It seems like only yesterday that controversy raged about whether watching TV was good or bad for young children. The argument then moved on to the “Baby Einstein” videos and their educational claims. The “race to the top” seems to keep moving to the bottom as newly arriving so called “learning apps” target babies from birth. Now a complaint has been filed with the Federal Trade Commission by the Campaign for a Commercial Free Childhood, which challenges the claims made that these apps teach infants a variety of skills.
This group, which played a role in the backtracking of “Baby Einstein” from educational claims, contends that the “baby genius” industry makes such claims with no scientific evidence that proves their products provide the benefits claimed. They challenge the idea that these apps provide more than simple entertainment value, and contend that such apps may be detrimental to very young children.
Dr. Michael Rich, a pediatrician at Boston Children’s Hospital, interviewed on PBS’s “Newshour,” says, “There really is no evidence that these apps can teach a baby anything. In fact, the research over years on educational television and other electronic screens shows that babies really can’t learn anything from a screen under the age of about 30 months.” He also says, “I think what we have found is a very convenient electronic baby-sitter,” and makes the point that the American Academy of Pediatrics has for over 10 years recommended against the use of screens for children under the age of 2.
There is no doubt that parents are using these apps, as some Fisher-Price apps have been downloaded more than 2 million times. Dr. Rich makes the point that developers of the apps have recognized that parents are using these technological devices to divert their children, and if they can claim it is educational, even if it is not, they will get sales from parents who both feel guilty and want the best for their children.
In a way, the discussion about whether these new apps are good or bad for children is the wrong one to be having. Research outcomes are many years down the road in terms of how interaction with technology affects the way the architecture of children’s brains actually develops. The point really is that the brave new world is here to stay, and it is one in which our children will be required to function. The question is not whether that is good or bad, but rather in what ways will it be different, and how do we prepare for those differences.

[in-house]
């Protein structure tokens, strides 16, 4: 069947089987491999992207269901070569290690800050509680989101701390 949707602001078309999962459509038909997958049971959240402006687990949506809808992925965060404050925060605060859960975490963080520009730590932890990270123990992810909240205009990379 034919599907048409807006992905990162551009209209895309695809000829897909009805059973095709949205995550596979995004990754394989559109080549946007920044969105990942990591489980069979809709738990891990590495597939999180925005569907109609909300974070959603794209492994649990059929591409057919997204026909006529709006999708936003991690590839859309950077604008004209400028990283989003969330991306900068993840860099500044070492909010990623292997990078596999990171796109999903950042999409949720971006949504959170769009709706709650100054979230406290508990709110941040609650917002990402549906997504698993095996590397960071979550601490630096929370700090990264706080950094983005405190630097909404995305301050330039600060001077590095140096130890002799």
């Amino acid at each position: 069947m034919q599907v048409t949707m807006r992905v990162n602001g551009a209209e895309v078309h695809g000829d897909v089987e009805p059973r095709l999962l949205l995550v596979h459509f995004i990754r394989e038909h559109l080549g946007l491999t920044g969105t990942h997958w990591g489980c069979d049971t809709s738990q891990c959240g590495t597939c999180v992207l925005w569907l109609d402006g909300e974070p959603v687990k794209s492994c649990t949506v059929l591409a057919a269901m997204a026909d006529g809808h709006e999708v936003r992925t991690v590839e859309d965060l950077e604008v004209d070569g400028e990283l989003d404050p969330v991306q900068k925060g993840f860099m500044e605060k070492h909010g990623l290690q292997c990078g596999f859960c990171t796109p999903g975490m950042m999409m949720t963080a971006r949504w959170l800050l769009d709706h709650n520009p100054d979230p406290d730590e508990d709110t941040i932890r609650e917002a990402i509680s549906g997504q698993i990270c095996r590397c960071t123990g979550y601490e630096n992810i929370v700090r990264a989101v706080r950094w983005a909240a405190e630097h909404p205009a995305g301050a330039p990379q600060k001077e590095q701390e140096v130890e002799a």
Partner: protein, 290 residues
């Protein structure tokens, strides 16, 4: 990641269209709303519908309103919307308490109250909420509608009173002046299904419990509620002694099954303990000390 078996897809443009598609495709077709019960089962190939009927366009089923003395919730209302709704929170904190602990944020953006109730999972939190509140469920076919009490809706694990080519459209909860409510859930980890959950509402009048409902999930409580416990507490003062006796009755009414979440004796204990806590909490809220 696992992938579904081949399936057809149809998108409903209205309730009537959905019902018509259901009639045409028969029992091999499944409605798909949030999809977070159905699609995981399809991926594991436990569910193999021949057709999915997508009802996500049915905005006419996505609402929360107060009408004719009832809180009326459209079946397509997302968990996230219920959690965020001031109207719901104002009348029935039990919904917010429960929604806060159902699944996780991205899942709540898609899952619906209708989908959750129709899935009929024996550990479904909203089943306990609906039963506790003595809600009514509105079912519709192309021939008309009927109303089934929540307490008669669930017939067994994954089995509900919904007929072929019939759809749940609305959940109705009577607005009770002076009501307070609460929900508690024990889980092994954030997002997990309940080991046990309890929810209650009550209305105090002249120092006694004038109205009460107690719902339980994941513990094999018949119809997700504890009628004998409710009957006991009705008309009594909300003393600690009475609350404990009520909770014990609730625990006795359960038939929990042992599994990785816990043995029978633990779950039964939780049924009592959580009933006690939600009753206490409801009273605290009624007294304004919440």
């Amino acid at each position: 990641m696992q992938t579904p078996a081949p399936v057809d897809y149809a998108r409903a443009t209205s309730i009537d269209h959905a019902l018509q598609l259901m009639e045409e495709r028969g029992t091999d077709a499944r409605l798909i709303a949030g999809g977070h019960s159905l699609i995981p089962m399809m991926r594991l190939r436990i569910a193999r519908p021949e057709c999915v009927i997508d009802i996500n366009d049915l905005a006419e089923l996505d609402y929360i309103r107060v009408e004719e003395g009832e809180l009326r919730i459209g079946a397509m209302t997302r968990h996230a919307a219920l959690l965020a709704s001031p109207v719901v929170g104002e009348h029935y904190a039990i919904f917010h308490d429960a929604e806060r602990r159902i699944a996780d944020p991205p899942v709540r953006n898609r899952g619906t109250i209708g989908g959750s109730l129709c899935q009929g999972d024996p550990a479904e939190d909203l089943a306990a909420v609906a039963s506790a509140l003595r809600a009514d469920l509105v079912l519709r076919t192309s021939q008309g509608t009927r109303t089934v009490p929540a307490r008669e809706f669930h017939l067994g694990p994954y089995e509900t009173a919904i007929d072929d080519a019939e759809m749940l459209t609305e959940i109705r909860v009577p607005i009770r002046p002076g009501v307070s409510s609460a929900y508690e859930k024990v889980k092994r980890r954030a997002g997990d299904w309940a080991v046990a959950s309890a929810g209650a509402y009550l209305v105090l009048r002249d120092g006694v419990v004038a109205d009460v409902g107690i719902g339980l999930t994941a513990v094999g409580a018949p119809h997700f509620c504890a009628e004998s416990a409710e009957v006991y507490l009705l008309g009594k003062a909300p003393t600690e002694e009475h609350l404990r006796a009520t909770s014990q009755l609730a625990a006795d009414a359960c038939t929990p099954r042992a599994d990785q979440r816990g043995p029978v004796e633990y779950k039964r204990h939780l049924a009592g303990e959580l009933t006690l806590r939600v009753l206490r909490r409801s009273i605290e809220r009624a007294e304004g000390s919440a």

In many ways it is part of the discussion going on these days about young people’s use of social media, and the fact that interpersonal interactions are more and more becoming inter-technology interactions. The question asked about the apps for young children is whether they will lose the capacity to relate to real people and things, having been raised on interactions with a screen. When we ask if they will be damaged by the exposure to technology, we are really speaking from a humanistic value system that we think is superior and afraid will be lost.
Page 2 of 2 - We know the value system we have, and grew up with. We don’t know what the generations to come will be like. Undoubtedly, different kinds of personalities will emerge from the vastly different exposures provided by technologies. While accepting that fact, as parents we are nevertheless faced with the present challenge of transmitting our values to children who will live in a different world.
Elaine Heffner, LCSW, Ed.D., has written for Parents Magazine, Fox.com, Redbook, Disney online and PBS Parents, as well as other publications. She has appeared on PBS, ABC, Fox TV and other networks. Dr. Heffner is the author of “Goodenoughmothering: the Best of the Blog,” as well as “Mothering: the Emotional Experience of Motherhood after Freud and Feminism.” She is a psychotherapist and parent educator in private practice, as well as a senior lecturer of education in psychiatry at Weill Cornell Medical College. Dr. Heffner was a co-founder and served as director of the Nursery School Treatment Center at Payne Whitney Clinic, New York Hospital. And she blogs at www.goodenoughmothering.com.